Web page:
Anyone who has known me for a while will know about my football obsession, which started at the beginning of the 1986/87 season, when my Dad took me to the opening league game of the season following Bristol Rovers move to Twerton Park. I was nine years old. As I got older, my love for the game increased, and Dad and I would traipse around the far corners of England to follow our team. This is me, aged 12 at Wembley at the final of the Leyland Daf Cup in the days when out national stadium still had some character.
As I got older, and my peers were spending their pocket money on make up and Just Seventeen, I was saving my pennies to buy Match magazine and Pro Cards. My bedroom walls were not filled with posters of the latest boy band but of newspaper clippings of the famous 2nd May 1990, and the cup replay at Anfield. At around 14, after pestering the poor bloke in the Young Pirates room for most of the season, I became the first female ball boy at the club.
As a socially awkward teenager with little in common with the other girls at school, football games became an important focus of my life, somewhere I could go and be part of something, to celebrate the wins over City and despair at getting knocked out in the first round of the cup. Where my messy hair and lack of style didn't matter as long as was able to understand the offside rule. It is a time I look back on with fondness. I remember at about 15 years old expressing annoyance that I could never be a footballer because I was a girl; I have zero sporting ability so my gender would have had no bearing on this whatsoever. My mum told me that I would have to be the physio instead.
Fast forward nearly twenty years, with my life on the verge of collapse, I decided that a physio was just what I was going to be. At the time, I was spending my week in a backpackers hostel in Birmingham, a city where I knew nobody working as a temp, and studying Biology at night school, studying by torch light in my bunk bed. My subsequent physio degree was the hardest thing I've ever done; I am not a straight A student or a scientist and the course took me to the edge of my sanity as I struggled to keep up with the coursework and work enough hours at Asda to pay my bills. Every exam, and every essay was a struggle which took every ounce of strength that I could find.
At the end of July, two years after graduation, I'm browsing on Facebook, when an advert for a temporary matchday physio pops up on the Rovers page. Encouraged by my Gas Girls friends, I submitted an application and twenty four hours later, following the Phil Kite testimonial, I'm behind the scenes, in the physio room. This is me and my Mum with Phil on that night.I'd just found out that I'd got the job, which explains my extremely happy face.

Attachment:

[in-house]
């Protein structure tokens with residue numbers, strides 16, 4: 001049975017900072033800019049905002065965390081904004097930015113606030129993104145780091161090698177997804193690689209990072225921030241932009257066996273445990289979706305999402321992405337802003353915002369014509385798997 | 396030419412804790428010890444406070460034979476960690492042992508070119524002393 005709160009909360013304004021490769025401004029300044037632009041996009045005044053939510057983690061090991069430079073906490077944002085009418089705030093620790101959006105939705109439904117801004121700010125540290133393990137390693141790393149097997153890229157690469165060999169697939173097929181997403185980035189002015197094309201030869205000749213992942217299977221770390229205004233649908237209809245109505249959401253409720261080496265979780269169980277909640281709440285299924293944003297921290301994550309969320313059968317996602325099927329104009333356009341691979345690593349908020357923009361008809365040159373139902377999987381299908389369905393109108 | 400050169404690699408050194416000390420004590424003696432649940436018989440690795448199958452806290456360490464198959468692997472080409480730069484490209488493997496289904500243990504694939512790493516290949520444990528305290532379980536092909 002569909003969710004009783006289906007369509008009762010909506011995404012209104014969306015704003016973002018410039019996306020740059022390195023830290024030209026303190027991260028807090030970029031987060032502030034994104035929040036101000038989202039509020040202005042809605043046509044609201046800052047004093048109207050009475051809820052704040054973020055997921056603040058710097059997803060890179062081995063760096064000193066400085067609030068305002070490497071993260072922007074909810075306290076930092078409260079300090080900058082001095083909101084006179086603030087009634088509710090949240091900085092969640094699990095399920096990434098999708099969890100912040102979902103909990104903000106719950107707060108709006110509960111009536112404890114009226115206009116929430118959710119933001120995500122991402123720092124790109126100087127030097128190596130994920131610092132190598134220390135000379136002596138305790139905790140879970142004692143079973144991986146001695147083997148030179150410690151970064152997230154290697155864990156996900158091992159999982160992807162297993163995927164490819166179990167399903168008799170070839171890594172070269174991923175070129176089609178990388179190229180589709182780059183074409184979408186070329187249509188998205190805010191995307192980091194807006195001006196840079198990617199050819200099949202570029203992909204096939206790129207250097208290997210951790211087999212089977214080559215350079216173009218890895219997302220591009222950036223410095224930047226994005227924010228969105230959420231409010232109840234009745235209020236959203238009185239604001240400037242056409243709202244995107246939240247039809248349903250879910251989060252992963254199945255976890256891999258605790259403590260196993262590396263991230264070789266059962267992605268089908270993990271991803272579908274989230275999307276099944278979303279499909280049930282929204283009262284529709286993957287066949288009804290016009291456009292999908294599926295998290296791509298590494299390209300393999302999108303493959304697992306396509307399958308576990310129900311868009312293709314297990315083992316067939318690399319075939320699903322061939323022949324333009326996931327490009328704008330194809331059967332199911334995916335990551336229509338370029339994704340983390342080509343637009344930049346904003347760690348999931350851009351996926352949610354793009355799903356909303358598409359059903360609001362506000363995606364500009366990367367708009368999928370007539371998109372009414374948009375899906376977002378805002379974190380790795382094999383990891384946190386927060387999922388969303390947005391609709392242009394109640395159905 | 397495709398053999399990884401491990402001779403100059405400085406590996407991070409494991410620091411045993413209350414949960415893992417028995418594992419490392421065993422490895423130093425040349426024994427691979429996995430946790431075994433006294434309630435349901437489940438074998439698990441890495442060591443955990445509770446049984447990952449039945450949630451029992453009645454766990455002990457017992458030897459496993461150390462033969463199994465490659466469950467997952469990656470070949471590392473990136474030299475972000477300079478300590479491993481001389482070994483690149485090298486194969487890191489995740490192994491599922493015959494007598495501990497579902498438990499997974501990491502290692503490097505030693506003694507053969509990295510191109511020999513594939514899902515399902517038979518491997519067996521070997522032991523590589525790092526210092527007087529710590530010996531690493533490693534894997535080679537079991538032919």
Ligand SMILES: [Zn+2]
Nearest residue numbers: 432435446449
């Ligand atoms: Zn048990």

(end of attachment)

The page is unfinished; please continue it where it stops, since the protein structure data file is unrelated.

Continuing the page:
Within four days, I'm at the FA Training HQ in Burton, mixing with various Premier League physios and doctors on the Advanced Resuscitation and Emergency Aid Course, in preparation for being pitch side. For me, it was an opportunity beyond anything that I could have dreamed of, eating lunch with the men (and it was almost exclusively men) who keep some of the world's most famous footballers fit to play. They are the unsung heroes of the game, many with a huge amount of experience, yet they made me welcome as part of their exclusive group.
The following Saturday, having had a lovely chat on the phone with DC to finalise the arrangements, I'm at the Mem, getting issued my kit by Steve Yates - the same Steve Yates that I'd seen in Rovers promotion season in 1990. As far as I know, I am the first female to be named on the team sheet. There was a moment, in the tunnel just as I emerged onto the pitch behind the team where you can feel the anticipation and excitement of the crowd at being back in the league, where anything seems possible. I can't put into words how much that one moment meant to me, like a lifetime of dreams all coming together. Several of the players were making their league debut that day too, and it was a privilege to walk alongside them. This is me, just before kick-off of that game on the bench.
I was privileged to be able to remain in the dressing room for some of the team talks, and while it wouldn't be professional to comment on what was said, I was inspired by the way that DC speaks to the players; how he motivates them to be the best that they can be. I have seen numerous managers come and go over the past 30 years, but in my view not since the Gerry Francis reign in the 1990s has there been someone that brings the passion into the club as much as the current Gaffer.
I did come in for some criticism from some fellow supporters for not running more quickly across the pitch - I feel that I must point out that I was wearing moulded boots for the first time in my life, carrying a reasonably heavy bag on a wet pitch in front of over 5000 people. I am capable of moving faster than I did that night, but didn't want to end up on my arse on my pitch debut.
And so it came to an end, as I knew it would. August 2015 has been the most bizarre month of my life to date. I don't know where I go from here; I have made some great contacts and have a qualification that could help take me places that I didn't think I could go. Having been back on the terraces for a couple of games, I know life will never be quite the same again.